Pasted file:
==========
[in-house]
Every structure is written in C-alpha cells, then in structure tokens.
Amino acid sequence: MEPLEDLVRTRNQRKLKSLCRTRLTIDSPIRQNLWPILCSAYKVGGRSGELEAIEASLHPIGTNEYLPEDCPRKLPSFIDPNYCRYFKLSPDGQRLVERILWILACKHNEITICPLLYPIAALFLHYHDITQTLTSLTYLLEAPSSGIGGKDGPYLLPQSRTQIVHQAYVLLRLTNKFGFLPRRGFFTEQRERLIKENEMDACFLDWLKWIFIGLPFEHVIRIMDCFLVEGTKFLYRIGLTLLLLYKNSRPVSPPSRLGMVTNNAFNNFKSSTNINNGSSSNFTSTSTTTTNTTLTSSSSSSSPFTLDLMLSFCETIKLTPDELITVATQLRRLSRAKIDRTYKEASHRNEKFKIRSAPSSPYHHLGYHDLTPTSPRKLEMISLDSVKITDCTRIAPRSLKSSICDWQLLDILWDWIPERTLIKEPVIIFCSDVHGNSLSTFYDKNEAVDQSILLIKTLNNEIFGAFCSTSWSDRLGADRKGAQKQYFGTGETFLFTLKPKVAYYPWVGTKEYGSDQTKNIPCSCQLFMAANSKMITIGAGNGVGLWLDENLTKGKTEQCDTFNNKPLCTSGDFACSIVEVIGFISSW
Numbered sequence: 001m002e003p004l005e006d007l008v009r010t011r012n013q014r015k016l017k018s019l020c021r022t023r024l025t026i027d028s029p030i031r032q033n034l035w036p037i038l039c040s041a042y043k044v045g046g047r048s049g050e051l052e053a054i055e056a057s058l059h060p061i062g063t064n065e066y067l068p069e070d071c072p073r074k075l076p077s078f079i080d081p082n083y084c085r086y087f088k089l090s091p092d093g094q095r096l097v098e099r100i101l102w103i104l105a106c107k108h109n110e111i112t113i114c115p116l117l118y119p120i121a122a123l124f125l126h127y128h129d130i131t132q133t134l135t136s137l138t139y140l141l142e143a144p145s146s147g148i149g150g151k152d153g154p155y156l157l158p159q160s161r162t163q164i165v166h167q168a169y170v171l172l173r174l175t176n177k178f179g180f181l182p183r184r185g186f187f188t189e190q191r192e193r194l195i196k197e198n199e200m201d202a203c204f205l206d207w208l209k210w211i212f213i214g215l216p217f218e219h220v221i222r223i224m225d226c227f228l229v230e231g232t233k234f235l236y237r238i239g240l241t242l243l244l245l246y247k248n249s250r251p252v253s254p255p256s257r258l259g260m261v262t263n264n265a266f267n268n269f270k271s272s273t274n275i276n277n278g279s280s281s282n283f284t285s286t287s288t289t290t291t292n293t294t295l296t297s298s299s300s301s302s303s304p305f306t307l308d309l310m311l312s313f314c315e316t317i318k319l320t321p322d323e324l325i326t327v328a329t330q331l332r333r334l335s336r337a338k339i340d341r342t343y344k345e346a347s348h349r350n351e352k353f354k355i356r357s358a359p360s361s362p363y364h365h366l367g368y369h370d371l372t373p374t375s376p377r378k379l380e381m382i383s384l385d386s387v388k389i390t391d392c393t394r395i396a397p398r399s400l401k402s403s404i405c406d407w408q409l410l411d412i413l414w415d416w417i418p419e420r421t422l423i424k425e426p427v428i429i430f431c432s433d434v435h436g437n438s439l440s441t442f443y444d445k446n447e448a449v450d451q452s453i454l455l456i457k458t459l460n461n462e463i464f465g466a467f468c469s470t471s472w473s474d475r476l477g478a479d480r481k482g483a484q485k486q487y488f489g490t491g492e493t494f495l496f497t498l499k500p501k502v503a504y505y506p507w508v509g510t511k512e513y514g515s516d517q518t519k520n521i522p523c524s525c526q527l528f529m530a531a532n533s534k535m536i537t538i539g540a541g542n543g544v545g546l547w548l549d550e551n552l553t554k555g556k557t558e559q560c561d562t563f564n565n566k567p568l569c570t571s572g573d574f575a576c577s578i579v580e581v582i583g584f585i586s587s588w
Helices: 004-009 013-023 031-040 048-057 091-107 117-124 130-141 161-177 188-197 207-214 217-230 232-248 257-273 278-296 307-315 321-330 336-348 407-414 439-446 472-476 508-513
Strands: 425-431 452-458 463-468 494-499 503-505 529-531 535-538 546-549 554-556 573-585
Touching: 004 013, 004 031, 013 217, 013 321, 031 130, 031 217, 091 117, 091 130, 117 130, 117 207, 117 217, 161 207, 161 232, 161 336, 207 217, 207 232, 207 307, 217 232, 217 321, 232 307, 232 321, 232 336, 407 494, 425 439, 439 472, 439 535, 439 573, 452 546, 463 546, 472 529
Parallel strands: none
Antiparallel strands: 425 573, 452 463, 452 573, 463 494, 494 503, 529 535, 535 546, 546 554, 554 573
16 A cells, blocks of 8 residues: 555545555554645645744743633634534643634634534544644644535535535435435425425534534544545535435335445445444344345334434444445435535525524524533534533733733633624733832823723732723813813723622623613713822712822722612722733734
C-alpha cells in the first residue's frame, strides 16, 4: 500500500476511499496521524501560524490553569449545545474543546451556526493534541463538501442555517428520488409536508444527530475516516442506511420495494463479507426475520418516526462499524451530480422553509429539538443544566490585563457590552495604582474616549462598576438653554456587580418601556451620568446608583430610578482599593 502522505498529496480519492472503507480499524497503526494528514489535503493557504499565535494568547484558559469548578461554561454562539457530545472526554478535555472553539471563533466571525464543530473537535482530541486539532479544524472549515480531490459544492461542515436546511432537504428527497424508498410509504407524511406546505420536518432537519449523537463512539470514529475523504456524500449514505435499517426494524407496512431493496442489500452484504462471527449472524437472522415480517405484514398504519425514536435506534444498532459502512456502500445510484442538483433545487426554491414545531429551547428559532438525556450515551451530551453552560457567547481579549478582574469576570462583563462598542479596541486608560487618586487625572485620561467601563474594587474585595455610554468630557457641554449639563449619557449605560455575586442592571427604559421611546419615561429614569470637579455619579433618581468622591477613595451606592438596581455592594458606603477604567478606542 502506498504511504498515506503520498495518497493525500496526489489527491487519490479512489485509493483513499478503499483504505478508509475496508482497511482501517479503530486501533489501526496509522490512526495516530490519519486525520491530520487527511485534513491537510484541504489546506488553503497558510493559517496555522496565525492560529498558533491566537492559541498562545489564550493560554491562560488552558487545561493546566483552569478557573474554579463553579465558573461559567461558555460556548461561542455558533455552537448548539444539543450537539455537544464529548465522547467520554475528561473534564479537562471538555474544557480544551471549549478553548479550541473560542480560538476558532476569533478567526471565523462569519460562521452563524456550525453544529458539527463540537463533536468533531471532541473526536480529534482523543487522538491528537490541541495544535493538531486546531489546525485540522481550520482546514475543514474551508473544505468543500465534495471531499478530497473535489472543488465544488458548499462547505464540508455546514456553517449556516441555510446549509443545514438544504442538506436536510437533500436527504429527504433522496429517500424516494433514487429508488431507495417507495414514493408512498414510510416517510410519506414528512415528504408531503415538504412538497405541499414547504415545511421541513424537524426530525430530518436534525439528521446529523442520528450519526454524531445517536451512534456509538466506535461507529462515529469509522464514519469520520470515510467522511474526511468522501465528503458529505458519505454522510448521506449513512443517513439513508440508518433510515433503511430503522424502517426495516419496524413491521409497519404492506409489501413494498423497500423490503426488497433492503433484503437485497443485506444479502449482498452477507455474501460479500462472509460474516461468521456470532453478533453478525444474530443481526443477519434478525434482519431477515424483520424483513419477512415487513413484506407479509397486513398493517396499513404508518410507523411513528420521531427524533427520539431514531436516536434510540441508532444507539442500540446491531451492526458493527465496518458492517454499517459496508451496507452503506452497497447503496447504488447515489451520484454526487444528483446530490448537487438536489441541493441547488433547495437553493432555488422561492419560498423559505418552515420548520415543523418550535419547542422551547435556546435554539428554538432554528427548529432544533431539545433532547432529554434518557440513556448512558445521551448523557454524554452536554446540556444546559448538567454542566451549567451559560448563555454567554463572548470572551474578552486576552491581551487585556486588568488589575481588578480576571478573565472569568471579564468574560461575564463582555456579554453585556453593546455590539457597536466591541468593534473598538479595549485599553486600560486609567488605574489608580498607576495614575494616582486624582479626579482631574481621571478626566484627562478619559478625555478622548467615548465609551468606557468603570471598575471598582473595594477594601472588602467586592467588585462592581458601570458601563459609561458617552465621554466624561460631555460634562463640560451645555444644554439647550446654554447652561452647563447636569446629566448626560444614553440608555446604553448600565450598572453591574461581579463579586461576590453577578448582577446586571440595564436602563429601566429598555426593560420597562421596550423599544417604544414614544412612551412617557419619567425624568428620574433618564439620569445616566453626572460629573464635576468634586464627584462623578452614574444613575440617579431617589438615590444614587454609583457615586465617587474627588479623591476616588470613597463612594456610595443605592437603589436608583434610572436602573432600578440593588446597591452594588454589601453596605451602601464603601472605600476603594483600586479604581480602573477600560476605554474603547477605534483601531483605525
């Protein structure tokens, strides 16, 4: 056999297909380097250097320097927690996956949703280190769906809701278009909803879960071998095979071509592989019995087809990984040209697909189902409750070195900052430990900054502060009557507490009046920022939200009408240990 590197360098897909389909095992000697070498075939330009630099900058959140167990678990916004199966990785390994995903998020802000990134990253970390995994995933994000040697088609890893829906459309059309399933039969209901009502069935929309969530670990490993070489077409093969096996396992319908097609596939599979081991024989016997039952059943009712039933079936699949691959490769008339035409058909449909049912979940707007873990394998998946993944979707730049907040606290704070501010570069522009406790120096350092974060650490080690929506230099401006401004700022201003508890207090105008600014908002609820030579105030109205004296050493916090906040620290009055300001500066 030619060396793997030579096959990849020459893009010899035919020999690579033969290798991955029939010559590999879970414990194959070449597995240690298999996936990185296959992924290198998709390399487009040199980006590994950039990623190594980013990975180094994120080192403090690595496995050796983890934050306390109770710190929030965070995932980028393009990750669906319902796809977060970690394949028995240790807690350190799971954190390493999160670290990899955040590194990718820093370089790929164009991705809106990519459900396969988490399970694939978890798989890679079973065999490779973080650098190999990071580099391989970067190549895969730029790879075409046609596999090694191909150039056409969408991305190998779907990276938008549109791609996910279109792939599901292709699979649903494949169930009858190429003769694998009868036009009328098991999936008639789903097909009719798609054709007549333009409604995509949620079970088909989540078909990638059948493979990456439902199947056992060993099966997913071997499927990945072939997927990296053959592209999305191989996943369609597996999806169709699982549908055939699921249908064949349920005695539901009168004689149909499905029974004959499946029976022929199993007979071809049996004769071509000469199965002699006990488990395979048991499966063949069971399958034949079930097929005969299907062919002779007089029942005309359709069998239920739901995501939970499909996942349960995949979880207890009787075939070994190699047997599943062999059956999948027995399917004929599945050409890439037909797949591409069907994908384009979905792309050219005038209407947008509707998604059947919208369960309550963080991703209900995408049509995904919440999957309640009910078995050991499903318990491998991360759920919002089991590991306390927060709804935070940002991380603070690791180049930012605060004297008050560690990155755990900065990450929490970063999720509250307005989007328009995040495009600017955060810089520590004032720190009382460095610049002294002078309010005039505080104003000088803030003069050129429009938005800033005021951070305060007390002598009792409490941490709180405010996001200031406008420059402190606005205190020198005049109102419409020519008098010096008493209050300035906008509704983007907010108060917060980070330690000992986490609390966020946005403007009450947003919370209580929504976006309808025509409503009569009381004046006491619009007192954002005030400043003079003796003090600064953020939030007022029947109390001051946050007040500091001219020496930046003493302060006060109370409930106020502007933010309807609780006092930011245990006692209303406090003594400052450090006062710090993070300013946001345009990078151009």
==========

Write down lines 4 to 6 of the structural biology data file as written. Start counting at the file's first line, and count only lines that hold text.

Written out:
Numbered sequence: 001m002e003p004l005e006d007l008v009r010t011r012n013q014r015k016l017k018s019l020c021r022t023r024l025t026i027d028s029p030i031r032q033n034l035w036p037i038l039c040s041a042y043k044v045g046g047r048s049g050e051l052e053a054i055e056a057s058l059h060p061i062g063t064n065e066y067l068p069e070d071c072p073r074k075l076p077s078f079i080d081p082n083y084c085r086y087f088k089l090s091p092d093g094q095r096l097v098e099r100i101l102w103i104l105a106c107k108h109n110e111i112t113i114c115p116l117l118y119p120i121a122a123l124f125l126h127y128h129d130i131t132q133t134l135t136s137l138t139y140l141l142e143a144p145s146s147g148i149g150g151k152d153g154p155y156l157l158p159q160s161r162t163q164i165v166h167q168a169y170v171l172l173r174l175t176n177k178f179g180f181l182p183r184r185g186f187f188t189e190q191r192e193r194l195i196k197e198n199e200m201d202a203c204f205l206d207w208l209k210w211i212f213i214g215l216p217f218e219h220v221i222r223i224m225d226c227f228l229v230e231g232t233k234f235l236y237r238i239g240l241t242l243l244l245l246y247k248n249s250r251p252v253s254p255p256s257r258l259g260m261v262t263n264n265a266f267n268n269f270k271s272s273t274n275i276n277n278g279s280s281s282n283f284t285s286t287s288t289t290t291t292n293t294t295l296t297s298s299s300s301s302s303s304p305f306t307l308d309l310m311l312s313f314c315e316t317i318k319l320t321p322d323e324l325i326t327v328a329t330q331l332r333r334l335s336r337a338k339i340d341r342t343y344k345e346a347s348h349r350n351e352k353f354k355i356r357s358a359p360s361s362p363y364h365h366l367g368y369h370d371l372t373p374t375s376p377r378k379l380e381m382i383s384l385d386s387v388k389i390t391d392c393t394r395i396a397p398r399s400l401k402s403s404i405c406d407w408q409l410l411d412i413l414w415d416w417i418p419e420r421t422l423i424k425e426p427v428i429i430f431c432s433d434v435h436g437n438s439l440s441t442f443y444d445k446n447e448a449v450d451q452s453i454l455l456i457k458t459l460n461n462e463i464f465g466a467f468c469s470t471s472w473s474d475r476l477g478a479d480r481k482g483a484q485k486q487y488f489g490t491g492e493t494f495l496f497t498l499k500p501k502v503a504y505y506p507w508v509g510t511k512e513y514g515s516d517q518t519k520n521i522p523c524s525c526q527l528f529m530a531a532n533s534k535m536i537t538i539g540a541g542n543g544v545g546l547w548l549d550e551n552l553t554k555g556k557t558e559q560c561d562t563f564n565n566k567p568l569c570t571s572g573d574f575a576c577s578i579v580e581v582i583g584f585i586s587s588w
Helices: 004-009 013-023 031-040 048-057 091-107 117-124 130-141 161-177 188-197 207-214 217-230 232-248 257-273 278-296 307-315 321-330 336-348 407-414 439-446 472-476 508-513
Strands: 425-431 452-458 463-468 494-499 503-505 529-531 535-538 546-549 554-556 573-585